going for the latter specification. IOW lets make both of them
mandatory in a numa cell.

> 
> >@@ -2745,4 +2767,14 @@
> >        <param name="pattern">[a-zA-Z0-9_\.:]+</param>
> >      </data>
> >    </define>
> >+<define name="Cellcpus">
> >+<data type="string">
> >+<param name="pattern">([0-9]+(-[0-9]+)?|\^[0-9]+)(,([0-9]+(-[0-9]+)?|\^[0-9]+))*</param>
> 
> This looks like a repeat of <define name="cpuset">; if so, let's
> reuse that define instead of making a new one (and if not, why are
> we introducing yet another syntax?).

Fixed.

> 
> >+</data>
> >+</define>
> >+<define name="Cellmems">
> >+<data type="unsignedInt">
> >+<param name="pattern">[0-9]+</param>
> 
> Likewise, this looks like a repeat of <define name="memoryKB">, so
> lets reuse that.

Done.

> 
> >@@ -109,6 +114,19 @@ no_memory:
> >      return NULL;
> >  }
> >
> >+static int
> >+virCPUDefNumaCPUs(virCPUDefPtr def)
> >+{
> >+    int i, j, ncpus = 0;
> >+
> >+    for (i = 0; i<  def->ncells; i++) {
> >+        for (j = 0; j<  VIR_DOMAIN_CPUMASK_LEN; j++) {
> >+            if (def->cells[i].cpumask[j])
> >+                ncpus++;
> >+        }
> >+    }
> 
> Can this loop be made any faster by using count_one_bits?

Yes provided we start storing CPUs in bitmasks rather than
char arrays. But I saw other parts of the code (like cpuset)
storing CPUs in array and hence used the same for numa too.
In any case I got rid of this since we can arrive at this information
from other means.

> 
> >+    return ncpus;
> >+}
> >
> >  virCPUDefPtr
> >  virCPUDefParseXML(const xmlNodePtr node,
> >@@ -289,6 +307,50 @@ virCPUDefParseXML(const xmlNodePtr node,
> >          def->features[i].policy = policy;
> >      }
> >
> >+    if (virXPathNode("./numa[1]", ctxt)) {
> >+        VIR_FREE(nodes);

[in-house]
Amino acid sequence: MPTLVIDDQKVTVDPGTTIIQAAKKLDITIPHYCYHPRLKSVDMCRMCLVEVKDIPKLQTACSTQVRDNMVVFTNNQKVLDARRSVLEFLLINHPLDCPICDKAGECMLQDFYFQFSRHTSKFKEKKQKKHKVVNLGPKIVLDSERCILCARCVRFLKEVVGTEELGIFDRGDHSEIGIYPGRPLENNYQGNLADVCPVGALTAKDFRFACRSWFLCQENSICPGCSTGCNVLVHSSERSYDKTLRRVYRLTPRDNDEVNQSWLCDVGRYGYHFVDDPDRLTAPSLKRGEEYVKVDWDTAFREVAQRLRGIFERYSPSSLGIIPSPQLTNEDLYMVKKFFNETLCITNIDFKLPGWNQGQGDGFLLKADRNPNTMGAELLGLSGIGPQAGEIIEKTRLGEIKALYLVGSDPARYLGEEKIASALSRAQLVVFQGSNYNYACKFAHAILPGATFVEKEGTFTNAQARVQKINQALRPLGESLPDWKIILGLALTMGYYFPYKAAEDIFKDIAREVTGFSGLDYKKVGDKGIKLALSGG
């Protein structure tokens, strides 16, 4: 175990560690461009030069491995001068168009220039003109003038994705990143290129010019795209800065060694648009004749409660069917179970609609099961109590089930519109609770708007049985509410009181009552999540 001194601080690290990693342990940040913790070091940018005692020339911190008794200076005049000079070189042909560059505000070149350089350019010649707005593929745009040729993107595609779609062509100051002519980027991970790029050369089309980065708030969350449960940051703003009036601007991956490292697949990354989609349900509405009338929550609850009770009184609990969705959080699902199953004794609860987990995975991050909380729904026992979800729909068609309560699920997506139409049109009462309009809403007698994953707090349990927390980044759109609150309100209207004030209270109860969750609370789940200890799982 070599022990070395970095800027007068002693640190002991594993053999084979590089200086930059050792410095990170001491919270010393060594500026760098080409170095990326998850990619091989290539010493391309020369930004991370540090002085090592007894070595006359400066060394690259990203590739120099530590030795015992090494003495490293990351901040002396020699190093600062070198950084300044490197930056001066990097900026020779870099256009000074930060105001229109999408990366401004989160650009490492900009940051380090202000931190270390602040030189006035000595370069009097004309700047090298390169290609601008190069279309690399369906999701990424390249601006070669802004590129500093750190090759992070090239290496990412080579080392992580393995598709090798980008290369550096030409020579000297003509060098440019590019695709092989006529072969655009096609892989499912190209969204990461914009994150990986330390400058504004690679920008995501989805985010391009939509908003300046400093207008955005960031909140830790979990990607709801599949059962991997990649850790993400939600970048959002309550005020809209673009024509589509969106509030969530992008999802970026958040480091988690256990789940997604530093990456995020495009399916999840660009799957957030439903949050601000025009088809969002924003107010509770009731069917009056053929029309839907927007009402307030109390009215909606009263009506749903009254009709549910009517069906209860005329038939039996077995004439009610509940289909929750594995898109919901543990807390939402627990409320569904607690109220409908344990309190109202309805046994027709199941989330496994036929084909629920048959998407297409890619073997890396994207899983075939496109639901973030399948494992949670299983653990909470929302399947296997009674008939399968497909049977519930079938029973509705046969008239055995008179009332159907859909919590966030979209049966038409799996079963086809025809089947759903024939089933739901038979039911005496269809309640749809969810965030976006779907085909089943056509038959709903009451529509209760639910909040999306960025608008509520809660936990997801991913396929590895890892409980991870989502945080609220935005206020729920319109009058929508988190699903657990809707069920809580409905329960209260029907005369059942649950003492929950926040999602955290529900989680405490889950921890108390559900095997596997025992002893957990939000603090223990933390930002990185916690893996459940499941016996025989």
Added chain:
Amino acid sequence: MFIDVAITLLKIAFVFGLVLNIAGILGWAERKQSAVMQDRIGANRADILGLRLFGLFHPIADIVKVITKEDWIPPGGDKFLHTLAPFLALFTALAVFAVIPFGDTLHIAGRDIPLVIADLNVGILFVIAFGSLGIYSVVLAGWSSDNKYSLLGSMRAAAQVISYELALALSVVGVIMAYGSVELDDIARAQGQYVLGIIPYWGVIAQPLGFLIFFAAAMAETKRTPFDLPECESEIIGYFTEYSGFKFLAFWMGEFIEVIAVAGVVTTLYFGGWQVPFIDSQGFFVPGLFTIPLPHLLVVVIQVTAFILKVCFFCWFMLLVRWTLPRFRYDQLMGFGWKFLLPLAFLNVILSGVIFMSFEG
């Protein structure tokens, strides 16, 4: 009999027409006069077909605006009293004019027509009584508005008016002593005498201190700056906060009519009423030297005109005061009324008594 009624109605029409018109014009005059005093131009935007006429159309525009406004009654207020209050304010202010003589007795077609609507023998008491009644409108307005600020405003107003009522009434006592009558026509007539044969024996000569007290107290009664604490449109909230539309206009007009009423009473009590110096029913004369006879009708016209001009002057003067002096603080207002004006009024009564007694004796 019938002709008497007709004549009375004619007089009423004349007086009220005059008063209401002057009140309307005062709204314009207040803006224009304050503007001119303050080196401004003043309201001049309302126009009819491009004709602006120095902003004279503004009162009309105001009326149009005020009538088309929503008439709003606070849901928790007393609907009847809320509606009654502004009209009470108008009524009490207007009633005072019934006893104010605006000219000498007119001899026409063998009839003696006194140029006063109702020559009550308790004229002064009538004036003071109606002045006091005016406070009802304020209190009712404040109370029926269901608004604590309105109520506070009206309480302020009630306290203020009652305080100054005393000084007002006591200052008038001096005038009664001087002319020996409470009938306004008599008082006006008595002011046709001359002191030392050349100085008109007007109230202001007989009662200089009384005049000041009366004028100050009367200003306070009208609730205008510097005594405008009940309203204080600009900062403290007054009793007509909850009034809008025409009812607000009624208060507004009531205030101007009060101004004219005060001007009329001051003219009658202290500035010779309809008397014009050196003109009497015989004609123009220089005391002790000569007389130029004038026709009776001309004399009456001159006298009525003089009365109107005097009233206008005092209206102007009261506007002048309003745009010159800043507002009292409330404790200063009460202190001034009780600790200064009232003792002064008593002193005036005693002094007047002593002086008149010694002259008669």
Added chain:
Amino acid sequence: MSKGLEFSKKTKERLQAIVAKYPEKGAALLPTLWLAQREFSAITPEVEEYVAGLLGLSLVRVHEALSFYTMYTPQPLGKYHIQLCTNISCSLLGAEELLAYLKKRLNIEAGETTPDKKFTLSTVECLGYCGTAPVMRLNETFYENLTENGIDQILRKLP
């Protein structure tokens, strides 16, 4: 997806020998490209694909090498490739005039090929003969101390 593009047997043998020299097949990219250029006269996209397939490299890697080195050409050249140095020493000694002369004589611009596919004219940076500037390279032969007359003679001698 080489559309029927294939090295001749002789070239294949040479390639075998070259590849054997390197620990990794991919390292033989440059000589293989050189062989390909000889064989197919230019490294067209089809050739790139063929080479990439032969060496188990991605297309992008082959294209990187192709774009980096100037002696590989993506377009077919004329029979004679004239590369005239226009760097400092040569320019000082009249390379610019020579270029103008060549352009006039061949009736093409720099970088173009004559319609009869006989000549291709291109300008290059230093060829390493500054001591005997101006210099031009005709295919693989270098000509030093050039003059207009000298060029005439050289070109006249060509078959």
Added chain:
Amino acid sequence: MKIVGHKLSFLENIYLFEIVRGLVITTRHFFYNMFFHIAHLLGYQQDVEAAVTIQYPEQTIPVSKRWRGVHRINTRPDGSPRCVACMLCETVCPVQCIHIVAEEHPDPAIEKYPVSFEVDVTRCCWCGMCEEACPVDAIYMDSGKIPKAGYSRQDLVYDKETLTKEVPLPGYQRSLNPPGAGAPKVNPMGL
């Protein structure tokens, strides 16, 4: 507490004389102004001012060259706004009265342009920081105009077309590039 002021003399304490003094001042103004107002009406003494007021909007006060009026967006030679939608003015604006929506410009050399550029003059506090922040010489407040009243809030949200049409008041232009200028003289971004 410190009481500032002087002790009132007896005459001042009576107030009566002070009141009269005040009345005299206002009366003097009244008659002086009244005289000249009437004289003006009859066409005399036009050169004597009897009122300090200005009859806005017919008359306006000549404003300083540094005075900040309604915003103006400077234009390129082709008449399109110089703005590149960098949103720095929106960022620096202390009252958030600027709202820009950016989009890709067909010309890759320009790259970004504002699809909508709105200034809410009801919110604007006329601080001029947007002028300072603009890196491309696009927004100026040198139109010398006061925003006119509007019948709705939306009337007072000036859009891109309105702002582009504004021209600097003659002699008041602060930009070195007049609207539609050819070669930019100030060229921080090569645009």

> >+        n = virXPathNodeSet("./numa[1]/cell", ctxt,&nodes);
> >+        if (n<  0 || n == 0) {
> 
> This looks a bit funny, compared to if (n <= 0).

Yes. I first accounted for the error case and later added a check for
zero cells in <numa>. Fixed this.

> 
> >+        for (i = 0 ; i<  n ; i++) {
> >+            char *cpus;
> >+            int cpumasklen = VIR_DOMAIN_CPUMASK_LEN;
> >+            unsigned long ul;
> >+            int ret;
> >+
> >+            def->cells[i].cellid = i;
> >+            cpus = virXMLPropString(nodes[i], "cpus");
> >+
> >+            if (VIR_ALLOC_N(def->cells[i].cpumask, cpumasklen)<  0)
> >+                goto no_memory;
> >+
> >+            if (virDomainCpuSetParse((const char **)&cpus,
> >+                                 0, def->cells[i].cpumask,
> >+                                 cpumasklen)<  0)
> 
> Does this behave properly if the cpus=... attribute was missing?

This was buggy. Fixed now.

> 
> >+                goto error;
> >+
> >+            ret = virXPathULong("string(./numa[1]/cell/@mems)",
> >+                            ctxt,&ul);
> >+            if (ret<  0) {
> >+                virCPUReportError(VIR_ERR_INTERNAL_ERROR,
> >+                    "%s", _("Missing 'mems' attribute in NUMA topology"));
> >+                goto error;
> 
> Especially since you checked for a missing mems= counterpart?  And
> back to my earlier question of whether both attributes are really
> mandatory, or whether just one in isolation can make sense.

As explained above, I made both of them mandatory now.

> 
> >+++ b/src/conf/cpu_conf.h
> >@@ -67,6 +67,14 @@ struct _virCPUFeatureDef {
> >      int policy;         /* enum virCPUFeaturePolicy */
> >  };
> >
> >+typedef struct _virCellDef virCellDef;
> >+typedef virCellDef *virCellDefPtr;
> >+struct _virCellDef {
> >+   int cellid;
> >+   char *cpumask;	/* CPUs that are part of this node */
> >+   unsigned int mem;	/* Node memory */
> 
> I'd write this as /* Node memory in kB */, to make it clear what
> scale is in use.

Done.

> 
> I saw the code for parsing the XML, but what about the code for
> generating the xml during 'virsh dumpxml' (aka virDomainDefFormat)?
> The patch is incomplete without that.

Thanks for pointing this out. Added code for this now.

Regards,
Bharata.